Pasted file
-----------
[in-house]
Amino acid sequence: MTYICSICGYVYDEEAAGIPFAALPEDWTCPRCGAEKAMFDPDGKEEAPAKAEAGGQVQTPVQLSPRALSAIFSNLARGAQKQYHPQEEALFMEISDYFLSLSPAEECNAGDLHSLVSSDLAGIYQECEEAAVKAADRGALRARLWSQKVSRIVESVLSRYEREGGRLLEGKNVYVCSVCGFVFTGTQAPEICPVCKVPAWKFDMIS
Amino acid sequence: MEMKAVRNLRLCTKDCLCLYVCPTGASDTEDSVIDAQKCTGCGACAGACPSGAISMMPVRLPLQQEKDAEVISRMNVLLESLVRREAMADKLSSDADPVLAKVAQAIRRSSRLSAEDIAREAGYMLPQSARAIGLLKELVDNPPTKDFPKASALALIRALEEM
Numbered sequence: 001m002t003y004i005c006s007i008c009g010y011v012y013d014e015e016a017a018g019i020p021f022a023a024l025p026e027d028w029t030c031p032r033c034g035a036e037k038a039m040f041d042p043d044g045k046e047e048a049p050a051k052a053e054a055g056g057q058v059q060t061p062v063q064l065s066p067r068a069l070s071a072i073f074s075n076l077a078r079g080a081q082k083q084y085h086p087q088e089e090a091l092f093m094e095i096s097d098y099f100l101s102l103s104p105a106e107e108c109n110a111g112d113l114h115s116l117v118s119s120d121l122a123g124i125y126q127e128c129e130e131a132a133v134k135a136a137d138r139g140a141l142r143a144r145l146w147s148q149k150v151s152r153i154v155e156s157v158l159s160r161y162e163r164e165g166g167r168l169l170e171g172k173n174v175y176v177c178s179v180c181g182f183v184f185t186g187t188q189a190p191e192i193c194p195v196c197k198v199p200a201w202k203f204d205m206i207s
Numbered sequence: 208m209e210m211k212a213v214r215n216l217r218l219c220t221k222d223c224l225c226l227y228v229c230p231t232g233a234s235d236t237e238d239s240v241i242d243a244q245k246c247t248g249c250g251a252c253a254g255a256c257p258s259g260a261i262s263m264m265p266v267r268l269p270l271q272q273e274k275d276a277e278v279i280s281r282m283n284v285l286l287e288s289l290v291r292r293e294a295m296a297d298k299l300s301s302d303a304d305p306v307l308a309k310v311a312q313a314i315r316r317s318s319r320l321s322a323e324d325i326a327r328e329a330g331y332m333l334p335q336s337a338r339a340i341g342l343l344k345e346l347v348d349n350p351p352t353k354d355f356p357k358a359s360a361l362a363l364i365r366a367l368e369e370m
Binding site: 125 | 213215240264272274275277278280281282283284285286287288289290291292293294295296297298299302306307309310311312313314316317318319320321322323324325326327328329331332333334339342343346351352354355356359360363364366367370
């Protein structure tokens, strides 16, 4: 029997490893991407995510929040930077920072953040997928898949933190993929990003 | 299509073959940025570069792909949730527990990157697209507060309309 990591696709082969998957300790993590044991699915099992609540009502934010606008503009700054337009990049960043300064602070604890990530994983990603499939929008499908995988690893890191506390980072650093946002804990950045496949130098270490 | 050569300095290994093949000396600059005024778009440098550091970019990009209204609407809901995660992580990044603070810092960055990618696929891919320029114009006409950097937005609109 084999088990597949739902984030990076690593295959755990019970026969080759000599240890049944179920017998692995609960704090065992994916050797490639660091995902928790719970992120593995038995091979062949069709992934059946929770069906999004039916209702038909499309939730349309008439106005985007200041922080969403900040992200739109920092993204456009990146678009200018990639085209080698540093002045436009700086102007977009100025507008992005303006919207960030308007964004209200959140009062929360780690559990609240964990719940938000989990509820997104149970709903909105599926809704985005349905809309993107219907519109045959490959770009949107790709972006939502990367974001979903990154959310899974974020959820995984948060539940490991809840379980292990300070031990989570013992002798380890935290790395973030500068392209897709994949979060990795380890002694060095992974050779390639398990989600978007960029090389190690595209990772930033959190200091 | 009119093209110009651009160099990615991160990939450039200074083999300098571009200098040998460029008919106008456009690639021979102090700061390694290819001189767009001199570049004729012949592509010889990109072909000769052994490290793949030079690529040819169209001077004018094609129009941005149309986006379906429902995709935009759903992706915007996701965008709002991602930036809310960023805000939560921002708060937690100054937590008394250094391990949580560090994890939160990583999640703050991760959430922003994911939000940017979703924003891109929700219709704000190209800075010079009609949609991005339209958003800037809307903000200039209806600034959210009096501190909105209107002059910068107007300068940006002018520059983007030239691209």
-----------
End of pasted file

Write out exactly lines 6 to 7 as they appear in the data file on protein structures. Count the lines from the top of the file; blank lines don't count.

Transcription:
Binding site: 125 | 213215240264272274275277278280281282283284285286287288289290291292293294295296297298299302306307309310311312313314316317318319320321322323324325326327328329331332333334339342343346351352354355356359360363364366367370
């Protein structure tokens, strides 16, 4: 029997490893991407995510929040930077920072953040997928898949933190993929990003 | 299509073959940025570069792909949730527990990157697209507060309309 990591696709082969998957300790993590044991699915099992609540009502934010606008503009700054337009990049960043300064602070604890990530994983990603499939929008499908995988690893890191506390980072650093946002804990950045496949130098270490 | 050569300095290994093949000396600059005024778009440098550091970019990009209204609407809901995660992580990044603070810092960055990618696929891919320029114009006409950097937005609109 084999088990597949739902984030990076690593295959755990019970026969080759000599240890049944179920017998692995609960704090065992994916050797490639660091995902928790719970992120593995038995091979062949069709992934059946929770069906999004039916209702038909499309939730349309008439106005985007200041922080969403900040992200739109920092993204456009990146678009200018990639085209080698540093002045436009700086102007977009100025507008992005303006919207960030308007964004209200959140009062929360780690559990609240964990719940938000989990509820997104149970709903909105599926809704985005349905809309993107219907519109045959490959770009949107790709972006939502990367974001979903990154959310899974974020959820995984948060539940490991809840379980292990300070031990989570013992002798380890935290790395973030500068392209897709994949979060990795380890002694060095992974050779390639398990989600978007960029090389190690595209990772930033959190200091 | 009119093209110009651009160099990615991160990939450039200074083999300098571009200098040998460029008919106008456009690639021979102090700061390694290819001189767009001199570049004729012949592509010889990109072909000769052994490290793949030079690529040819169209001077004018094609129009941005149309986006379906429902995709935009759903992706915007996701965008709002991602930036809310960023805000939560921002708060937690100054937590008394250094391990949580560090994890939160990583999640703050991760959430922003994911939000940017979703924003891109929700219709704000190209800075010079009609949609991005339209958003800037809307903000200039209806600034959210009096501190909105209107002059910068107007300068940006002018520059983007030239691209």